Melvin issued a proclamation on Oct. 9, 1918, that all schools, theatres and churches were to close two days later. Public meetings were also prohibited.
Businesses were allowed to stay open, but owners were warned not to have too many people in the store at once.
Loitering was forbidden. Funerals were to be strictly private affairs with only the deceased's closest family present — a move that was, to say the least, controversial.
"He got letters from the president of the University of New Brunswick saying that the students were all healthy young men and they shouldn't have to go home, the term had just started," said Jenkins.
"He got letters from the top church officials saying that there was no time like then, when there was a war going on, when church services were more needed. And they pleaded with him to keep the churches open."
Making a buck
The flu epidemic didn't stop some New Brunswickers looking to make a quick buck off people's fears about the flu.
Alonzo Staples, the owner of Staples' Pharmacy, which sat at the corner of King and York streets in Fredericton, urged readers of the Daily Gleaner to "Guard yourself against Spanish Influenza" by buying Wampole's Paraformic Lozenges, only 25 cents a bottle.
One advertisement disguised to look like an article, possibly predicting the advent of sponsored content, ran with the headline "Spanish influenza rages in Canada: Thousands of cases reported with many deaths."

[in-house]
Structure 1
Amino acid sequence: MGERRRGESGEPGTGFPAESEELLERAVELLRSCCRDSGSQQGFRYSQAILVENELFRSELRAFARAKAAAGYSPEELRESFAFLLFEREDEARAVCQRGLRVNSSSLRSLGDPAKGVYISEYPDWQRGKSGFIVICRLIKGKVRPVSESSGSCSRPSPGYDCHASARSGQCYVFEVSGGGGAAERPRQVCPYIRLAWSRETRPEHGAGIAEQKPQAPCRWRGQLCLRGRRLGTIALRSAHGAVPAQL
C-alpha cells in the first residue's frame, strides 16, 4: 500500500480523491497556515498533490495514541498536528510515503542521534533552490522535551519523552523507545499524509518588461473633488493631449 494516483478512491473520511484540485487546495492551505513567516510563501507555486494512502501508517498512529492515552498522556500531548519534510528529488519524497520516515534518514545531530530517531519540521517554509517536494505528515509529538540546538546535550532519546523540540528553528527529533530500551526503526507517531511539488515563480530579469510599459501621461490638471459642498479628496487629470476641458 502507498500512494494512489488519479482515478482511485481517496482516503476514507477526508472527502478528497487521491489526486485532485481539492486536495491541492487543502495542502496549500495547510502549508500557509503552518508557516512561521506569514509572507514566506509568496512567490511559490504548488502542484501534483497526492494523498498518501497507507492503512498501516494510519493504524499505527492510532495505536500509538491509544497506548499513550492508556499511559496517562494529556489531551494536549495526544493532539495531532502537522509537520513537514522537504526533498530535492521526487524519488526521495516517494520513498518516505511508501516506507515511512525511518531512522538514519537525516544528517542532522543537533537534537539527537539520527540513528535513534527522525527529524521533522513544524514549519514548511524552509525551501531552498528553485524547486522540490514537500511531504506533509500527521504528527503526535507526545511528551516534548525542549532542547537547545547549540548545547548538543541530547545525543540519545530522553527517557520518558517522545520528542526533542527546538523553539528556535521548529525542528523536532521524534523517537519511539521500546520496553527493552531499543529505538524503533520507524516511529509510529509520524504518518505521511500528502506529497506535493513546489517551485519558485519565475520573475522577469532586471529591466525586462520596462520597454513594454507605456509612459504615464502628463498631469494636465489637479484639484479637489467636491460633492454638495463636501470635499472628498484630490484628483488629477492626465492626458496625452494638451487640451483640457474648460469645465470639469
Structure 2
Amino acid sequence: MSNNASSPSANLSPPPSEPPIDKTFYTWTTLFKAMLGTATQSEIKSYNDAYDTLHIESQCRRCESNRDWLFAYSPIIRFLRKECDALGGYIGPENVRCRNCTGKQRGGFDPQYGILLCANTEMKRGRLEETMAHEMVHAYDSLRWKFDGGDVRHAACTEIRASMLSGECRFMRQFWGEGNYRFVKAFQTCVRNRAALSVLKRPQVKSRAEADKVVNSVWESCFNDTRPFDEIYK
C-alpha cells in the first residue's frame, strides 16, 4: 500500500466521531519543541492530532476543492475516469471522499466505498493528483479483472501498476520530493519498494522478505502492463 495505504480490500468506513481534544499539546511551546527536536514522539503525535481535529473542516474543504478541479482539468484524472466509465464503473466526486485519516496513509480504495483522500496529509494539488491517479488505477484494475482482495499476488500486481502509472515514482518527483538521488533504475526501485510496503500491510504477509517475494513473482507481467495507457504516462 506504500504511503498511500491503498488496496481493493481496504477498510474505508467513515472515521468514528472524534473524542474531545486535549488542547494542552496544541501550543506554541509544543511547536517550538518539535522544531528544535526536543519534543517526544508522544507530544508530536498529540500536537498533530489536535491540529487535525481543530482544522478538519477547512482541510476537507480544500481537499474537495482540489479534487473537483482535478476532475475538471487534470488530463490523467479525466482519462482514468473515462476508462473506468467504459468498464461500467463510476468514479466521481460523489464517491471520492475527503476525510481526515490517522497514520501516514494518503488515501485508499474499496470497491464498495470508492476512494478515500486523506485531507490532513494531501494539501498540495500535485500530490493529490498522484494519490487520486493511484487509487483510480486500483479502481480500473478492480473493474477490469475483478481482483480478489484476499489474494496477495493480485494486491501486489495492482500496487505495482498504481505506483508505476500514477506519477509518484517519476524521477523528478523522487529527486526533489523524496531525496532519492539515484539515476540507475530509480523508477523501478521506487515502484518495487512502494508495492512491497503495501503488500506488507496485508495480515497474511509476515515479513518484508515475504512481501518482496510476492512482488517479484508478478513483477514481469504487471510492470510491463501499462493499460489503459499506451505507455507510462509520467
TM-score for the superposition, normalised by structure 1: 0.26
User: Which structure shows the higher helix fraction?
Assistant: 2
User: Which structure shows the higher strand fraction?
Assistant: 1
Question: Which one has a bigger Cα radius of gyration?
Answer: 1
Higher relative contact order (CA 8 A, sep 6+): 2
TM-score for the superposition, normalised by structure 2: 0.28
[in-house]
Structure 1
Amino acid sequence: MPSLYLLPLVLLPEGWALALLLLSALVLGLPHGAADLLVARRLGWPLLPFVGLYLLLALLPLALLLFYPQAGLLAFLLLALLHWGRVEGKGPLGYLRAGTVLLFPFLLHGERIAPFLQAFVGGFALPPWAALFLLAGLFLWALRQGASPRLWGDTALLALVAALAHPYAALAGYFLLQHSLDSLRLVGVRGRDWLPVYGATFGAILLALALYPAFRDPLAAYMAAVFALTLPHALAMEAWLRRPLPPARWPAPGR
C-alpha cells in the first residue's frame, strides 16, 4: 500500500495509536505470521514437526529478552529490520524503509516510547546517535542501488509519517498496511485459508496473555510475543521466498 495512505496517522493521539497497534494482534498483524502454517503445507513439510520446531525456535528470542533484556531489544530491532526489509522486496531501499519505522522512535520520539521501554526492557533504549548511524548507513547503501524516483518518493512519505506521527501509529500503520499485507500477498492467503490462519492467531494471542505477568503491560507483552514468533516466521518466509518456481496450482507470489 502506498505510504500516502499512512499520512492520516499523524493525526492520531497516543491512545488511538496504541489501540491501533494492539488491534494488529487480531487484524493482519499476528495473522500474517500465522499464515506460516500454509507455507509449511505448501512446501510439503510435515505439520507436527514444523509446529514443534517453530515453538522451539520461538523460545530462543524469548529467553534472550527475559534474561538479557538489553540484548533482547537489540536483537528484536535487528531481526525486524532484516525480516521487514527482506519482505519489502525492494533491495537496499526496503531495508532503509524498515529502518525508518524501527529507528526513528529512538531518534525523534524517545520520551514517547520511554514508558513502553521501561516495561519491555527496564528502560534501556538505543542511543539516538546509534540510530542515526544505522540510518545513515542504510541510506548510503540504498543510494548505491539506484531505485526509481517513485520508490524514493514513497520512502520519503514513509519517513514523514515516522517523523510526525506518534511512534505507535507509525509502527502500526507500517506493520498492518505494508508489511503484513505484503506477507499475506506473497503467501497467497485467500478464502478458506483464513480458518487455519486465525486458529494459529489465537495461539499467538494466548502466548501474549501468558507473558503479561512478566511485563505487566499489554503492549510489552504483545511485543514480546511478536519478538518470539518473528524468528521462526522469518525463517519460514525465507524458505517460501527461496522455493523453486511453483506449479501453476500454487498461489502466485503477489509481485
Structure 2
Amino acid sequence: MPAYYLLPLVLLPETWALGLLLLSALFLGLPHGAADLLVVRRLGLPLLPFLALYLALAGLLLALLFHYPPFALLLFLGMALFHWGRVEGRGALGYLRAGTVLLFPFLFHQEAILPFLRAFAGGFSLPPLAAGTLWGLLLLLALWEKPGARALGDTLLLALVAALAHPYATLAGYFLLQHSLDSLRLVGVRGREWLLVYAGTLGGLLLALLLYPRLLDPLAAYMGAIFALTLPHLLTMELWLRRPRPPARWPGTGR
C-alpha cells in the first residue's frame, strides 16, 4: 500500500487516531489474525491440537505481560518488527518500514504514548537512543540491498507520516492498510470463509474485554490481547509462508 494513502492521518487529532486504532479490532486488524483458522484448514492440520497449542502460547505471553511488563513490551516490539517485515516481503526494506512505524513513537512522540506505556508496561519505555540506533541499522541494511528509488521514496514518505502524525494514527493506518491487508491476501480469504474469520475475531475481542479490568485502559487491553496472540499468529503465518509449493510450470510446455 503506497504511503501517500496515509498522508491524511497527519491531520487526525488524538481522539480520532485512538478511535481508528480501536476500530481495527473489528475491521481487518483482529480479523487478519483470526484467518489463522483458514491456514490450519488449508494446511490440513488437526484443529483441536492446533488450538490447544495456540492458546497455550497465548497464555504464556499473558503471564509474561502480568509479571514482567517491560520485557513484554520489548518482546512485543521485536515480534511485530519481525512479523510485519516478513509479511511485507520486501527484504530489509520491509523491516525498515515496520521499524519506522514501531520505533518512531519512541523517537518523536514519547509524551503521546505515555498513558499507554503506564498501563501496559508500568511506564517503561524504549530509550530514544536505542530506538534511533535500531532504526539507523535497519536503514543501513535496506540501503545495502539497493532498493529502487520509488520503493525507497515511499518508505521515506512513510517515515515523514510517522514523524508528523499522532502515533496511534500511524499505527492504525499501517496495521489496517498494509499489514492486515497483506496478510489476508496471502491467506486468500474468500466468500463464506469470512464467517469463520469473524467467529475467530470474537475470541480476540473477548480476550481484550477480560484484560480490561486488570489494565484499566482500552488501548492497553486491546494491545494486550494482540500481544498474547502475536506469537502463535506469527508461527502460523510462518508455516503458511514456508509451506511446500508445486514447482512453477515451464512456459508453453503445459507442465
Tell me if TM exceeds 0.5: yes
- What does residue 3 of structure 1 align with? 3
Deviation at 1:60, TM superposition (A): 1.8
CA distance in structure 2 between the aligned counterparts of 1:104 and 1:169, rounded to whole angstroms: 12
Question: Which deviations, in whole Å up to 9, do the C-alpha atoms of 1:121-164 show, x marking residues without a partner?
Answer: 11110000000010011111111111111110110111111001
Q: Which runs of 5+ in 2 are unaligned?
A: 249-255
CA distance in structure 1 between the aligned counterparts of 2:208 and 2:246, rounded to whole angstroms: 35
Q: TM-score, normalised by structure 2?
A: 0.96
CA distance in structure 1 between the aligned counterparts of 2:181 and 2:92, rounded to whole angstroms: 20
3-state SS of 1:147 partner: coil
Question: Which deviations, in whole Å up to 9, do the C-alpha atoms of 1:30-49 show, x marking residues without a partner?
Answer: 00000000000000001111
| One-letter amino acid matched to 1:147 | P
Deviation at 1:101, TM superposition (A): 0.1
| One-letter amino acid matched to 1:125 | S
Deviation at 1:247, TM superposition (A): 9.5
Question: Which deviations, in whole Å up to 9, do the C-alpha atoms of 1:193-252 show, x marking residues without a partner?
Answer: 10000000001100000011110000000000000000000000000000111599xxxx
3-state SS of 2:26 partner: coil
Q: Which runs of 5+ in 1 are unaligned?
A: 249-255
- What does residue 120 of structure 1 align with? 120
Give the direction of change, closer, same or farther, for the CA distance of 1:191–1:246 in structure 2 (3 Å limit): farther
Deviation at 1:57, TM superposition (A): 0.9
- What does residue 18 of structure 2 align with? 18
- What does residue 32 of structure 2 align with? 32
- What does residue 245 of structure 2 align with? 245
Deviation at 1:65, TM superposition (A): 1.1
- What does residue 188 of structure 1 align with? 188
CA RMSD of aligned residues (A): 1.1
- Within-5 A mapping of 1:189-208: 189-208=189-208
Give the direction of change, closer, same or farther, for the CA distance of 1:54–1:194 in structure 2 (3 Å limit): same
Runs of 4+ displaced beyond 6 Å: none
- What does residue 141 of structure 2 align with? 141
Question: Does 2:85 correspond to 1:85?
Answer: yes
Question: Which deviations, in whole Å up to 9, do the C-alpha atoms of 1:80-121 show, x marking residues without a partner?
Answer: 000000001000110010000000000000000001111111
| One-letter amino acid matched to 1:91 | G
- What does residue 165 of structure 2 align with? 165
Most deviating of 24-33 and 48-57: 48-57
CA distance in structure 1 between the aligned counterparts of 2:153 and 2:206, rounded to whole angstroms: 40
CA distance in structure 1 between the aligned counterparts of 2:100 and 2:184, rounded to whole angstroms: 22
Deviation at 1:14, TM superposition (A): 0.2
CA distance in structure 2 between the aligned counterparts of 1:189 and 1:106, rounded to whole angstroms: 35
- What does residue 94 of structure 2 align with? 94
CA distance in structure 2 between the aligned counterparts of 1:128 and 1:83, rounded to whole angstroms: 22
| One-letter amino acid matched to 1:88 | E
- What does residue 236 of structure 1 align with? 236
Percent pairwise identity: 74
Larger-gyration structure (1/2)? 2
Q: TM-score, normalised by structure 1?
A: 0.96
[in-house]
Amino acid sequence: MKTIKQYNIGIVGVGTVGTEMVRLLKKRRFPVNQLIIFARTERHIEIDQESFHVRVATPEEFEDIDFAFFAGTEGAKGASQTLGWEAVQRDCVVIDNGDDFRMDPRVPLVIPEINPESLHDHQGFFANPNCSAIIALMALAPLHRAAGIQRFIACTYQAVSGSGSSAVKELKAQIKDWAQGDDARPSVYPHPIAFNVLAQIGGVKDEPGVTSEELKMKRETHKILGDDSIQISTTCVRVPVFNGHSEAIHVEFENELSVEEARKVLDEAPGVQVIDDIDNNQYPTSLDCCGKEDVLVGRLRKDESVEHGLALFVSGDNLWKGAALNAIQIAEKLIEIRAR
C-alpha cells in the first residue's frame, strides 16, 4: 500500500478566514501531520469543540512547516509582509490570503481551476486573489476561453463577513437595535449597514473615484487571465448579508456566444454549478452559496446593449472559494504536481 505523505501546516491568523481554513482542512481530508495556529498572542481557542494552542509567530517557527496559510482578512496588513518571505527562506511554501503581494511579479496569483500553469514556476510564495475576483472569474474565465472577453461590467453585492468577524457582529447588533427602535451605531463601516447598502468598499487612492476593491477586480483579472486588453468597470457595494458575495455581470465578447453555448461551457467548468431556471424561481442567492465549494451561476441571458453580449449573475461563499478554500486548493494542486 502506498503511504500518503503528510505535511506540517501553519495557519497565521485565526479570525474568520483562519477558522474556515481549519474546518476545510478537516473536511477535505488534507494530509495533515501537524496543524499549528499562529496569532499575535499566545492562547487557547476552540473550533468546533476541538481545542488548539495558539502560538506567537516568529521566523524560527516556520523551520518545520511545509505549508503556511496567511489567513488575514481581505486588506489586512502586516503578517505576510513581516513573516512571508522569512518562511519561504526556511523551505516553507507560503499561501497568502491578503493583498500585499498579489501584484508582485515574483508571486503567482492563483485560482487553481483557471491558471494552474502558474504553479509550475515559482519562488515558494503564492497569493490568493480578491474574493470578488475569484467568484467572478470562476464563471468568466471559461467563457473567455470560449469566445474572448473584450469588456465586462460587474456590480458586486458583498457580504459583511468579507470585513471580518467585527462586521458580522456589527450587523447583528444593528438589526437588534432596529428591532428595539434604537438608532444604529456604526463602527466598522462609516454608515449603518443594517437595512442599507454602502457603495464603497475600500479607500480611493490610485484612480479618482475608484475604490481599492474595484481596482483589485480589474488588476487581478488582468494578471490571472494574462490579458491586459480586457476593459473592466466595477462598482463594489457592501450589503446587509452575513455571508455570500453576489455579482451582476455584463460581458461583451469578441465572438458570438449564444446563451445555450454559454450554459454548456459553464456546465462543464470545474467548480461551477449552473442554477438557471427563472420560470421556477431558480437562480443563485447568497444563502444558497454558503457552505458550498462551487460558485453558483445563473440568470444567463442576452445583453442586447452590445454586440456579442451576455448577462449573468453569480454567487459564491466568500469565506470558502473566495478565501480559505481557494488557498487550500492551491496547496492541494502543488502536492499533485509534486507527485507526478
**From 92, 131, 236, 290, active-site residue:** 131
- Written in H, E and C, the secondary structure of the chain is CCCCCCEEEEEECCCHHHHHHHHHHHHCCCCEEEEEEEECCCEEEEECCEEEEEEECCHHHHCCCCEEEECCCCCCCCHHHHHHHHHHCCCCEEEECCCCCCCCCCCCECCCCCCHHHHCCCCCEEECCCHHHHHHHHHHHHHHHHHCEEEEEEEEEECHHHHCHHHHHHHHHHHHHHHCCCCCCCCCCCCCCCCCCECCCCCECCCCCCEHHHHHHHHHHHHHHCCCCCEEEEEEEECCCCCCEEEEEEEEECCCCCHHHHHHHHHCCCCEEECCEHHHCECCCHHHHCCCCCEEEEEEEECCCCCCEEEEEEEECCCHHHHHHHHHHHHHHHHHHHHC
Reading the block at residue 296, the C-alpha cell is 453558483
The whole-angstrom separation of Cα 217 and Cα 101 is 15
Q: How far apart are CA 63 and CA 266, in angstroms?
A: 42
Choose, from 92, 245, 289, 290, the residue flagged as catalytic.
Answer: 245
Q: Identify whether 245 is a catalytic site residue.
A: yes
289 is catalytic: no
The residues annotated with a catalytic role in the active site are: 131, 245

The ad was for "Fruit-A-Tives," described as "the wonderful fruit medicine. Gives the power to resist the disease."
Another ad lamented that with the Gaiety and Gem theatres closed, as well as the Palace Bowling Alley, there was "nothing to do but z-z-z."
They suggested doing so in a pair of Pussywillow Pyjamas, available for only $2.
A sense of community
The epidemic brought a sense of community to the province, even if residents weren't able to gather together.
In an interview conducted by writer Eileen Pettigrew, which is now part of the Provincial Archives audio-visual collection, a former Tabusintac resident Helen Murphy talked about her mother pitching in.
"[My mother] went out and nursed a lot of people," said Murphy.
"She wasn't a registered nurse or anything, just a kind woman, and she went out to help until she took it herself. She used to go out and put poultices on her neighbours and sit up with them, and then when she took it she wasn't very well for a long time either."
Jenkins said that Roberts was key in getting community members to help each other in their time of need.
"He was able to gather together volunteers and get the boy scouts going around chopping wood for people and all of the women's institutes got together, and volunteer nurses, and he organized that," said Jenkins.
Jenkins said four in every 1,000 New Brunswickers died — that's 1,400 in the population of 350,000 at the time.
"New Brunswick fared pretty well," said Jenkins.
"I suggest it fared well because Roberts shut the province down and kept people from infectious crowds."